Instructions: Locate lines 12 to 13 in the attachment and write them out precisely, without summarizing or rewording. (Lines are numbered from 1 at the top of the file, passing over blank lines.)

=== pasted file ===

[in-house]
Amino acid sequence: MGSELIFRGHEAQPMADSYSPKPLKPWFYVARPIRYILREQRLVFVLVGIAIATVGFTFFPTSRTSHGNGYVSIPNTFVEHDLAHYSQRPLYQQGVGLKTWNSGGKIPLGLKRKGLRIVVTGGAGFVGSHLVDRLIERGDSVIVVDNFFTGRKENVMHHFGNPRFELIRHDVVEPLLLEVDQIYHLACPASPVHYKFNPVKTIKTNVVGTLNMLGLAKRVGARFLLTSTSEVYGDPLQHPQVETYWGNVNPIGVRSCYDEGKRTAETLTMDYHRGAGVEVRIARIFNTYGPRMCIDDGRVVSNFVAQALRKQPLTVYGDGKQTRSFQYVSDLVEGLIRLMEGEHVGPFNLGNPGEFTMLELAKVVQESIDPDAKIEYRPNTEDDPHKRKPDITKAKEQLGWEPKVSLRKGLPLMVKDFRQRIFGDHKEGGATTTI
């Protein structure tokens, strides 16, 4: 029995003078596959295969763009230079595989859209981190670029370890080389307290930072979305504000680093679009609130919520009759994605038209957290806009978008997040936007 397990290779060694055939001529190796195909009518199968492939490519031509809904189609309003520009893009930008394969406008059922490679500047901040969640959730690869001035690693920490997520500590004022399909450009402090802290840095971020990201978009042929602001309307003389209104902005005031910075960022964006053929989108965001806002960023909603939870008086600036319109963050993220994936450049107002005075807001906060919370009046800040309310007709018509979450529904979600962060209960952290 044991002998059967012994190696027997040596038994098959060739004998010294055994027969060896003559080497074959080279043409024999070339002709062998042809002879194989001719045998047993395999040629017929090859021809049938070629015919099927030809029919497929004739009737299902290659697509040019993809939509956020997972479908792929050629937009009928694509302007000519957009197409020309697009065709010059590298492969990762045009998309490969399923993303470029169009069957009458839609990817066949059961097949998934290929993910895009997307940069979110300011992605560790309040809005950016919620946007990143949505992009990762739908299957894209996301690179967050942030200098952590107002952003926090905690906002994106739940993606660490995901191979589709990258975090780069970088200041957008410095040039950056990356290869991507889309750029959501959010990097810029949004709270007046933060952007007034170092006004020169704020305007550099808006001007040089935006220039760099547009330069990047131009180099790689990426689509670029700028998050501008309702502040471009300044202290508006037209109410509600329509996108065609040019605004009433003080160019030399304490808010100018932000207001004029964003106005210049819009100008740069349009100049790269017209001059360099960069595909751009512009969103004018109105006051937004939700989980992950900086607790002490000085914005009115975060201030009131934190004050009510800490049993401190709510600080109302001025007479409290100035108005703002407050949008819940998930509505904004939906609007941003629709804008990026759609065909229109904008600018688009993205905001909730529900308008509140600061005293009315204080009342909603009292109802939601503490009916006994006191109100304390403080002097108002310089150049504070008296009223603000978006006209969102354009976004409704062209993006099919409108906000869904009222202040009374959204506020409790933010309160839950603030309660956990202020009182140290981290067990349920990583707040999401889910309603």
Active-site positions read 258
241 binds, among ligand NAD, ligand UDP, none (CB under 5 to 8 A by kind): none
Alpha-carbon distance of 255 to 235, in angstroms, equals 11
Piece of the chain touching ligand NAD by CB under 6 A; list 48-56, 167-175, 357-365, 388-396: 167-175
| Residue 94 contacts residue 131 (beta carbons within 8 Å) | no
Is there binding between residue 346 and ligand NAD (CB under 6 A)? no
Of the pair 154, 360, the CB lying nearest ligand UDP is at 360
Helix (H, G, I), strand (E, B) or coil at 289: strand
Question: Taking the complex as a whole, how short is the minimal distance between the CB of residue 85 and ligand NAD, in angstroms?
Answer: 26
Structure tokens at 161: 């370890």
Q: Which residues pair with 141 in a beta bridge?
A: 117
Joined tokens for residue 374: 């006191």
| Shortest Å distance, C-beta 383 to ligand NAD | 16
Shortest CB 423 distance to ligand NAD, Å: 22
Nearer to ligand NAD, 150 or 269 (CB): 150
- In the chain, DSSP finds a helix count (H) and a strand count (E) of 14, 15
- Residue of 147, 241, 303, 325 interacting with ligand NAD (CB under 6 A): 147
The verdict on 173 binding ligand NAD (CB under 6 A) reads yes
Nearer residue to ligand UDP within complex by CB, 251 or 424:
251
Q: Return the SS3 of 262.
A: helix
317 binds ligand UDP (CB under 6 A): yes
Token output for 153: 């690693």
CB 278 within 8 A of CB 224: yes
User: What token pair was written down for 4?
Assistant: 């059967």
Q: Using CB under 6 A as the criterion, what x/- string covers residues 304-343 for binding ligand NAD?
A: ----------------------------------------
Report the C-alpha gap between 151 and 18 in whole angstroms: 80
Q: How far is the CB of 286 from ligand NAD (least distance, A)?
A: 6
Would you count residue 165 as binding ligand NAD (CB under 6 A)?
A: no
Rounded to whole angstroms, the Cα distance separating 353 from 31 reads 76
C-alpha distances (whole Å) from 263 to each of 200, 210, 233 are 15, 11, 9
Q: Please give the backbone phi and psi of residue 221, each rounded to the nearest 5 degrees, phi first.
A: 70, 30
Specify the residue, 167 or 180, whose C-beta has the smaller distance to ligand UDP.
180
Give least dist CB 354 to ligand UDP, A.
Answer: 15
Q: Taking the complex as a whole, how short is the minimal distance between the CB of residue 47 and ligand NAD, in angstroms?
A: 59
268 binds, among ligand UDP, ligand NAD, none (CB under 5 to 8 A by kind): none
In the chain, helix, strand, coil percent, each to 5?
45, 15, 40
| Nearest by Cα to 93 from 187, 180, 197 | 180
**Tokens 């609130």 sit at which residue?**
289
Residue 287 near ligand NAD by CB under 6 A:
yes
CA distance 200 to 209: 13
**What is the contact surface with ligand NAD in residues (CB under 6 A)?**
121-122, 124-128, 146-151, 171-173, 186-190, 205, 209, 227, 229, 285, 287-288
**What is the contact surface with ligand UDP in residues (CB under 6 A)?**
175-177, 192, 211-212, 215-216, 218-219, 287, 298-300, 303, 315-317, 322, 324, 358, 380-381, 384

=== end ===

Question: Taking the complex as a whole, how short is the minimal distance between the CB of residue 85 and ligand NAD, in angstroms?
Answer: 26